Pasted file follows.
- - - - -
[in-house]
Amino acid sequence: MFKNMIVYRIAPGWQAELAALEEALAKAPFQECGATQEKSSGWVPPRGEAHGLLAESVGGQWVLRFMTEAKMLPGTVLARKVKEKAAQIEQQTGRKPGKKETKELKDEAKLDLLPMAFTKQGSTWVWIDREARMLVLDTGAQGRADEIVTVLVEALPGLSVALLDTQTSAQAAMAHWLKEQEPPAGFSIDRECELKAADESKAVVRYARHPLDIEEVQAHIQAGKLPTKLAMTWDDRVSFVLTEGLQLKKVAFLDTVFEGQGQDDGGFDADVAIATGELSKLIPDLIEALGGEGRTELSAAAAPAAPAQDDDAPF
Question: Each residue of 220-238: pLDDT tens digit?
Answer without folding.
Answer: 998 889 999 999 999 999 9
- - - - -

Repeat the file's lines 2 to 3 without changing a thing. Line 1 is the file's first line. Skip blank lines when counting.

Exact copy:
Amino acid sequence: MFKNMIVYRIAPGWQAELAALEEALAKAPFQECGATQEKSSGWVPPRGEAHGLLAESVGGQWVLRFMTEAKMLPGTVLARKVKEKAAQIEQQTGRKPGKKETKELKDEAKLDLLPMAFTKQGSTWVWIDREARMLVLDTGAQGRADEIVTVLVEALPGLSVALLDTQTSAQAAMAHWLKEQEPPAGFSIDRECELKAADESKAVVRYARHPLDIEEVQAHIQAGKLPTKLAMTWDDRVSFVLTEGLQLKKVAFLDTVFEGQGQDDGGFDADVAIATGELSKLIPDLIEALGGEGRTELSAAAAPAAPAQDDDAPF
Question: Each residue of 220-238: pLDDT tens digit?